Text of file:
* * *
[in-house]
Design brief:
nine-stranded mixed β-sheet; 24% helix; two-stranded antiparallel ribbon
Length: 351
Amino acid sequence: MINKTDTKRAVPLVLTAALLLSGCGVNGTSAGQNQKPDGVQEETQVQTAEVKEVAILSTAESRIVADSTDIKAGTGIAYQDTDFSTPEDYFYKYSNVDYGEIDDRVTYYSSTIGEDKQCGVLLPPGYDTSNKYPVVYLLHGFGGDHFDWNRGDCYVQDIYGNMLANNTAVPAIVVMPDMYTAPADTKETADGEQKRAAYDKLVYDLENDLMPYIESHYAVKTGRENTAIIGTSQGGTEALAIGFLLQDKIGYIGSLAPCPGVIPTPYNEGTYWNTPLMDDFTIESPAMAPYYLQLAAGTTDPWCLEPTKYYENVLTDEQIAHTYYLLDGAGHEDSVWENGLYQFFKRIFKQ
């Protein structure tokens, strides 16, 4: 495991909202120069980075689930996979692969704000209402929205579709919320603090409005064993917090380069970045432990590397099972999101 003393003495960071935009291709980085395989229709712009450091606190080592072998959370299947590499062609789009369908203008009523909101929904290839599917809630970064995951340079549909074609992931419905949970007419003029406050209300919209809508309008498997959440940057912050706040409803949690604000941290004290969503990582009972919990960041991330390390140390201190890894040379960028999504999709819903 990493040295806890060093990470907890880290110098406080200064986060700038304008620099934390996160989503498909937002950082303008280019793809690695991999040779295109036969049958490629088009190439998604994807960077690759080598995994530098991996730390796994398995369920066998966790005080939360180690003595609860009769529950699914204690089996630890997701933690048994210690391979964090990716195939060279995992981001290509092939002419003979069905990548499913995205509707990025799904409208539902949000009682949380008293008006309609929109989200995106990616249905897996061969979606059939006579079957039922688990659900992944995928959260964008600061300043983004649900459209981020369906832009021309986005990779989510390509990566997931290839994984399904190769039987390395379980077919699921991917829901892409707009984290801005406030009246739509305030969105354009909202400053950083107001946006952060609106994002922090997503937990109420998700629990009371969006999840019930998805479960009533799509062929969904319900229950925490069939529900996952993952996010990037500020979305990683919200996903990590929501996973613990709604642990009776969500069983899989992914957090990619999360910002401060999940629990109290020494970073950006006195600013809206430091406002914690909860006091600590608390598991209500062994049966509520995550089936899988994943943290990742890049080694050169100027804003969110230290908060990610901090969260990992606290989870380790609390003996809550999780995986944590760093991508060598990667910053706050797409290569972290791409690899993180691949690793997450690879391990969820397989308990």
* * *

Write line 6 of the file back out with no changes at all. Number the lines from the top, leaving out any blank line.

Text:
């Protein structure tokens, strides 16, 4: 495991909202120069980075689930996979692969704000209402929205579709919320603090409005064993917090380069970045432990590397099972999101 003393003495960071935009291709980085395989229709712009450091606190080592072998959370299947590499062609789009369908203008009523909101929904290839599917809630970064995951340079549909074609992931419905949970007419003029406050209300919209809508309008498997959440940057912050706040409803949690604000941290004290969503990582009972919990960041991330390390140390201190890894040379960028999504999709819903 990493040295806890060093990470907890880290110098406080200064986060700038304008620099934390996160989503498909937002950082303008280019793809690695991999040779295109036969049958490629088009190439998604994807960077690759080598995994530098991996730390796994398995369920066998966790005080939360180690003595609860009769529950699914204690089996630890997701933690048994210690391979964090990716195939060279995992981001290509092939002419003979069905990548499913995205509707990025799904409208539902949000009682949380008293008006309609929109989200995106990616249905897996061969979606059939006579079957039922688990659900992944995928959260964008600061300043983004649900459209981020369906832009021309986005990779989510390509990566997931290839994984399904190769039987390395379980077919699921991917829901892409707009984290801005406030009246739509305030969105354009909202400053950083107001946006952060609106994002922090997503937990109420998700629990009371969006999840019930998805479960009533799509062929969904319900229950925490069939529900996952993952996010990037500020979305990683919200996903990590929501996973613990709604642990009776969500069983899989992914957090990619999360910002401060999940629990109290020494970073950006006195600013809206430091406002914690909860006091600590608390598991209500062994049966509520995550089936899988994943943290990742890049080694050169100027804003969110230290908060990610901090969260990992606290989870380790609390003996809550999780995986944590760093991508060598990667910053706050797409290569972290791409690899993180691949690793997450690879391990969820397989308990």